Tim Cook is desiring a "comprehensive federal privacy law" to be implemented in the U.S. in order to regulate how companies manage the personal data of their customers. The Apple CEO expressed his support for such laws while speaking at the International Conference of Data Protection and Privacy Commissioners (ICDPPC) 2018 in Brussels, Belgium.
He also made references to the Europe Union's General Data Protection Regulation (GDPR) and said that the U.S. should take inspiration from that initiative. In May, Apple launched a new Data and Privacy website in an effort to better comply with the GDPR rules. Cook said in his prepared speech that:
“It is time for the rest of the world, including my home country, to follow your lead. We at Apple are in full support of a comprehensive federal privacy law in the United States.”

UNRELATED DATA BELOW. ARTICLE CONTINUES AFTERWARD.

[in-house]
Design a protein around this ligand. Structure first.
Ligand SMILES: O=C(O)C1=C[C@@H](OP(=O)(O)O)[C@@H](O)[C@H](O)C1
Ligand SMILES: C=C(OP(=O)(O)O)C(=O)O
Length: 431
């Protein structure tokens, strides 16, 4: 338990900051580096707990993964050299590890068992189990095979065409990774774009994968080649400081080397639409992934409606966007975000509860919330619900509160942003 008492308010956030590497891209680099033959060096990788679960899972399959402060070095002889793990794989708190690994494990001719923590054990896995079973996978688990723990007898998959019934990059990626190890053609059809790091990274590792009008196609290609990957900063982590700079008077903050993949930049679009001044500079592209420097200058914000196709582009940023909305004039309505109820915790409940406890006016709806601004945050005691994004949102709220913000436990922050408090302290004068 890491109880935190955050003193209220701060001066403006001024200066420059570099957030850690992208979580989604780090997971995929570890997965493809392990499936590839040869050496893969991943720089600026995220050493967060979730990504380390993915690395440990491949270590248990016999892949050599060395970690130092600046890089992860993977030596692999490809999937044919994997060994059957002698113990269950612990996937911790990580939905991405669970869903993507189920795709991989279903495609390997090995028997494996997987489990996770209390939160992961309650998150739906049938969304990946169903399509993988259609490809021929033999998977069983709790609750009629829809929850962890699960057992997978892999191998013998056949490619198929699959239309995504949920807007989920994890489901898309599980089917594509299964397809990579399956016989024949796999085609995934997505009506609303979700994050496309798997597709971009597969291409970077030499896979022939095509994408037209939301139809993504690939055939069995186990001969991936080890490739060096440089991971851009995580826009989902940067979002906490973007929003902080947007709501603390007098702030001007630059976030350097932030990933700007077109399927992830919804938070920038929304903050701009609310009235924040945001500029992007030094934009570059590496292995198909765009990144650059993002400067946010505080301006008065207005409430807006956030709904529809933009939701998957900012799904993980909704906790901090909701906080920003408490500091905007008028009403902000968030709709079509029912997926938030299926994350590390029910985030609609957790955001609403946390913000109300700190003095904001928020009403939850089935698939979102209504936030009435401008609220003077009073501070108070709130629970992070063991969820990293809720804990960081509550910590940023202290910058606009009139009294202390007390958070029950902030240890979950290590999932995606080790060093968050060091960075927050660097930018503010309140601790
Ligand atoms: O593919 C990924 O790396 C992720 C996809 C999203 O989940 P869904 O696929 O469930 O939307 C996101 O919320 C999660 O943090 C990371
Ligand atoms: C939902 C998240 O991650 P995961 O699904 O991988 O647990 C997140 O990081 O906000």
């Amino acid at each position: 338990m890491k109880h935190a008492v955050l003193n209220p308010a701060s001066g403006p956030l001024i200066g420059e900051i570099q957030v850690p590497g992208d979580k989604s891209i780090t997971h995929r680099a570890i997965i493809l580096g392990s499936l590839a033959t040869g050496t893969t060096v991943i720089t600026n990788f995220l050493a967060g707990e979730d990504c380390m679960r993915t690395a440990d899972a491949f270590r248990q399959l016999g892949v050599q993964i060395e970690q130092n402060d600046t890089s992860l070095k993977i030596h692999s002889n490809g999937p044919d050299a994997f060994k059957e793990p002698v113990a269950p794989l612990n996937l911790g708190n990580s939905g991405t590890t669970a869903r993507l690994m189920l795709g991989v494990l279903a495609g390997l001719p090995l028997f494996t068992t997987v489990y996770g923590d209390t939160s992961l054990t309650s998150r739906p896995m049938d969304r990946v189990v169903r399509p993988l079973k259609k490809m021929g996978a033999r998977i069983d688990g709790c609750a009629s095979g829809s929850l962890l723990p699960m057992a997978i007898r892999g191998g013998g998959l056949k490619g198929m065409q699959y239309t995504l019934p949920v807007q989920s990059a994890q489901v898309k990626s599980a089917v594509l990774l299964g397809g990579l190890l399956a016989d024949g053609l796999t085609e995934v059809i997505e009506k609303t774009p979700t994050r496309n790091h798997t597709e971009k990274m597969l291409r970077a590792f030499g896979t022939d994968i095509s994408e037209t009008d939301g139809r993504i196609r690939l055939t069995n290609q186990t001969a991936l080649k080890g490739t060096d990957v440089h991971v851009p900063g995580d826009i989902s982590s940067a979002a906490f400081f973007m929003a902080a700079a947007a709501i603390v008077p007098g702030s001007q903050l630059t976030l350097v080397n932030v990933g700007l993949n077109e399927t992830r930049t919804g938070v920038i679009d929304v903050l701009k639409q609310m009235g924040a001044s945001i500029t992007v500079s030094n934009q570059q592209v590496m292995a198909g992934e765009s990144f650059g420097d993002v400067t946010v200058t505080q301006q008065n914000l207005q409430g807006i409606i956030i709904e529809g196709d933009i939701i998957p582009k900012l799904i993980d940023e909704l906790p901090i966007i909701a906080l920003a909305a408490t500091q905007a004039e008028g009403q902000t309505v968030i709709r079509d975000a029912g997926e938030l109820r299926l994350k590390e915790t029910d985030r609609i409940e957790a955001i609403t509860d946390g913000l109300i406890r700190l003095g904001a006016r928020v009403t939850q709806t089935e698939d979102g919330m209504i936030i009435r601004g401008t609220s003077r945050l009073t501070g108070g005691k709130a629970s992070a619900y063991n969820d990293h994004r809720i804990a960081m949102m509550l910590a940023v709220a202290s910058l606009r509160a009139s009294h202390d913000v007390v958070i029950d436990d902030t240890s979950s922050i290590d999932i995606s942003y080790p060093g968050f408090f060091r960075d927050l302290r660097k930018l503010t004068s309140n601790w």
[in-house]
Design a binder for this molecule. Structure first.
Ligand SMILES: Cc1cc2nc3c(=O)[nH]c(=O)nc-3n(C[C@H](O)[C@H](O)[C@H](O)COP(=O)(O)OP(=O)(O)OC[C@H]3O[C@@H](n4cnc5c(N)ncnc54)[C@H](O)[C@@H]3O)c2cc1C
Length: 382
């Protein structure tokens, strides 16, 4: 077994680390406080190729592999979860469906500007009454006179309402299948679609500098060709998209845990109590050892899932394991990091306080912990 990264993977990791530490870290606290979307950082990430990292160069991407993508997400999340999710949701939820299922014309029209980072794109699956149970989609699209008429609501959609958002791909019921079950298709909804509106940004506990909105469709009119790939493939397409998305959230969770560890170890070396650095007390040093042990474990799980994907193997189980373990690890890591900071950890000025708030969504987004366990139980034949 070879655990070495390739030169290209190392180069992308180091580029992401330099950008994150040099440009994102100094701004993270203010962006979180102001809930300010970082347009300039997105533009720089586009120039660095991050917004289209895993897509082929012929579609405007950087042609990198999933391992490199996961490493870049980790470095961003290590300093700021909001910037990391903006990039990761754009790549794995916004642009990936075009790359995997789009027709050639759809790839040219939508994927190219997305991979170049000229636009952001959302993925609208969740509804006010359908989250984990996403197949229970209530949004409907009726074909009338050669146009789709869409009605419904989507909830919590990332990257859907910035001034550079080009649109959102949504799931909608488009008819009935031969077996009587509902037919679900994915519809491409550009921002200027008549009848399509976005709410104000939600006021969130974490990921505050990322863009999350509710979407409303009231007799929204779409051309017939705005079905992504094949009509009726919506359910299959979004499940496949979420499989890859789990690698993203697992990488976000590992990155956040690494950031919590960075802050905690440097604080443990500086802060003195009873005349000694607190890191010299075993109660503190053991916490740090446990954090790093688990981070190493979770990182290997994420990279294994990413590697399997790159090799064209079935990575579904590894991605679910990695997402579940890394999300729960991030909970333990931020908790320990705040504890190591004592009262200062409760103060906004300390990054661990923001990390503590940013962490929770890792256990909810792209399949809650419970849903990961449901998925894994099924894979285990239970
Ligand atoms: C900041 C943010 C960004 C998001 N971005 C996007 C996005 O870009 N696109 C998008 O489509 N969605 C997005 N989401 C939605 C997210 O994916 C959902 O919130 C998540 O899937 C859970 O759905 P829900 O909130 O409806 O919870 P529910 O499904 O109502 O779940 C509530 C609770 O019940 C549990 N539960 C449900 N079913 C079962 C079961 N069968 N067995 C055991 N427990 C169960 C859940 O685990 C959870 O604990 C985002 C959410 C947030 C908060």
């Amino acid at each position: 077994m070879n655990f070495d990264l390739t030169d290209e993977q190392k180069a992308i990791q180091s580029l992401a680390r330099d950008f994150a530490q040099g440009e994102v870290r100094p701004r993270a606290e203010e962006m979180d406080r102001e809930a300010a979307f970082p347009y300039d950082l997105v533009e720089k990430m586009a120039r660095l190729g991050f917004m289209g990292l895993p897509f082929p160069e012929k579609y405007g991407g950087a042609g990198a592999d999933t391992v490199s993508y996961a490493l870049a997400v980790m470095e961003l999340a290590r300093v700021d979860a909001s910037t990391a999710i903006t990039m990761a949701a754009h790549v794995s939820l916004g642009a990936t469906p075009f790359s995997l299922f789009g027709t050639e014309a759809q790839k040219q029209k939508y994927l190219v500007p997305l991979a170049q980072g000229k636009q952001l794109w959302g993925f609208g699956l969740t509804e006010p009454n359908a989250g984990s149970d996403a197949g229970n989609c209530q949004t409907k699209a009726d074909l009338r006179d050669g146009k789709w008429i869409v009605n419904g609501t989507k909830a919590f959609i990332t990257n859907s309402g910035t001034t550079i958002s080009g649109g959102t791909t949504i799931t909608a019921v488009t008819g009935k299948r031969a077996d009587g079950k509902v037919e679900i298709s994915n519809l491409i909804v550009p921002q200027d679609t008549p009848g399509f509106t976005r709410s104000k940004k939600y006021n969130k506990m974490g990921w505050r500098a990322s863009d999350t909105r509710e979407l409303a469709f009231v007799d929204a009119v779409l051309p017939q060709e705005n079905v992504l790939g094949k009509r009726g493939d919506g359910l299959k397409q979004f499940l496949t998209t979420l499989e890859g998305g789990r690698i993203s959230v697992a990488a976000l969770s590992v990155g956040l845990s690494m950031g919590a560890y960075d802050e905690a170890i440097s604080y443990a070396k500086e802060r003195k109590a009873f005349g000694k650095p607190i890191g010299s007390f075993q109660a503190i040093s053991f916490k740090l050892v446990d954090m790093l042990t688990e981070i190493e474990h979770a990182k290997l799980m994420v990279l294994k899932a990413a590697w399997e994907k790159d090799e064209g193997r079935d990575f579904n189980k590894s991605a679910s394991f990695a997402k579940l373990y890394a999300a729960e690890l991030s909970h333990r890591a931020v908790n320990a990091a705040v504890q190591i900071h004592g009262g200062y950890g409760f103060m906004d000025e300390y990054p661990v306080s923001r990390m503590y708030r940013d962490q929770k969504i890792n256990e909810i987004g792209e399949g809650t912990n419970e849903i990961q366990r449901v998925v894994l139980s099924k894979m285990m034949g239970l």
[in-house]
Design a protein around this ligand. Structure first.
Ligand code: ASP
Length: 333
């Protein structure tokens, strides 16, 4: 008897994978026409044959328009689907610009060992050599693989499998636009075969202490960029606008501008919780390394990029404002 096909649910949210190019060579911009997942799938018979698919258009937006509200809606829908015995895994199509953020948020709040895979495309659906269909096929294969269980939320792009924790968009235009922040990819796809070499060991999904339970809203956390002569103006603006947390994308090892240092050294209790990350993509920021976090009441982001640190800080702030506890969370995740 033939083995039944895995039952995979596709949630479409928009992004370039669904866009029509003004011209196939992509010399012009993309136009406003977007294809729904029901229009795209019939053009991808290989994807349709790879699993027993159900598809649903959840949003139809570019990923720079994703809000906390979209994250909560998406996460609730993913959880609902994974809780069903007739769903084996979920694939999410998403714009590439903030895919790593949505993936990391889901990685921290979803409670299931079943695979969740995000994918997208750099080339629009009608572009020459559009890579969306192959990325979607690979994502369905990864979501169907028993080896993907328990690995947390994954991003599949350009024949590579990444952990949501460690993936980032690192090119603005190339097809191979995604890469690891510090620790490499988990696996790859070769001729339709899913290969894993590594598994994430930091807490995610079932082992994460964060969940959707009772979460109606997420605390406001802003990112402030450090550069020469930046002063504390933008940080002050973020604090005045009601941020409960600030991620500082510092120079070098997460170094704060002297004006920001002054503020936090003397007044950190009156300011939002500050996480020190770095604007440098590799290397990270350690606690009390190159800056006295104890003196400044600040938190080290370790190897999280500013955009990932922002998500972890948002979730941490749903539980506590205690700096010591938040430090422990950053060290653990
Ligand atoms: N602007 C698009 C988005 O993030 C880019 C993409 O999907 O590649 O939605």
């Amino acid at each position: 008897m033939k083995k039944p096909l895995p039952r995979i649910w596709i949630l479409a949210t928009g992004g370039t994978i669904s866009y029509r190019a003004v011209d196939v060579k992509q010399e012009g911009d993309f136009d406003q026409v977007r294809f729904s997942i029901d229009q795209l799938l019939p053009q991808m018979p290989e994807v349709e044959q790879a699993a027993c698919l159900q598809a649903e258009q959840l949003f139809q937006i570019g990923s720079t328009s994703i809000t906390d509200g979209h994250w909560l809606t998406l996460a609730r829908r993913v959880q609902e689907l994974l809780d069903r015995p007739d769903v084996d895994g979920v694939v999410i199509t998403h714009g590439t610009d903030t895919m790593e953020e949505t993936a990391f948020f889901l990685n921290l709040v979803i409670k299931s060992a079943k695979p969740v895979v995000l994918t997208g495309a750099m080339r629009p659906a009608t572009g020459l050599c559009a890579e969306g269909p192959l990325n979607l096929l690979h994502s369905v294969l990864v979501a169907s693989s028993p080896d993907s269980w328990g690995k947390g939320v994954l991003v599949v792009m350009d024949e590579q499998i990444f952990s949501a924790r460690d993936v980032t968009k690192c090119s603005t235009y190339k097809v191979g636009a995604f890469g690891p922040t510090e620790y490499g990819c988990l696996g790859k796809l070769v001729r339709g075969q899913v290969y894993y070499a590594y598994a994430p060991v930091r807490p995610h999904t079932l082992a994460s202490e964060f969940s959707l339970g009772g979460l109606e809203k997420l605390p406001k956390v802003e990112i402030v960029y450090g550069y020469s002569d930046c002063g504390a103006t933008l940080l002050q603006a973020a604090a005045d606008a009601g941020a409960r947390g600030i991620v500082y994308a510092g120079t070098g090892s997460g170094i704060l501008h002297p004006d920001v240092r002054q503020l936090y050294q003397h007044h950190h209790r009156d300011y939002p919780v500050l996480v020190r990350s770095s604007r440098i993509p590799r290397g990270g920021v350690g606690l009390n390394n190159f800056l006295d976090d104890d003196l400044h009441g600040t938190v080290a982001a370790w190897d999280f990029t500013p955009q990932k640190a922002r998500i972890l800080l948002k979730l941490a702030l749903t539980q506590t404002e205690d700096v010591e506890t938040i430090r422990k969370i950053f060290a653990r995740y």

The Apple CEO slammed “rogue actors and even governments” for taking advantage of user trust while intruding into their privacy, re-echoing his previous criticism of technology companies over the recent spate of privacy issues such as the Facebook-Cambridge Analytica scandal. Cook also urged the technology industry to be more responsible for their devices and services.
In addition, he recommended that privacy laws should be based on four fundamental rights: minimization of personal data, knowledge, access, and security. Cook's statement highlights Apple's growing effort to help protect the privacy rights of individuals amid an increasing commercialization of data but, of course, it remains to be seen as to how successful the company ends up being in this regard.
Source and image: ICDPCC2018 (Twitter)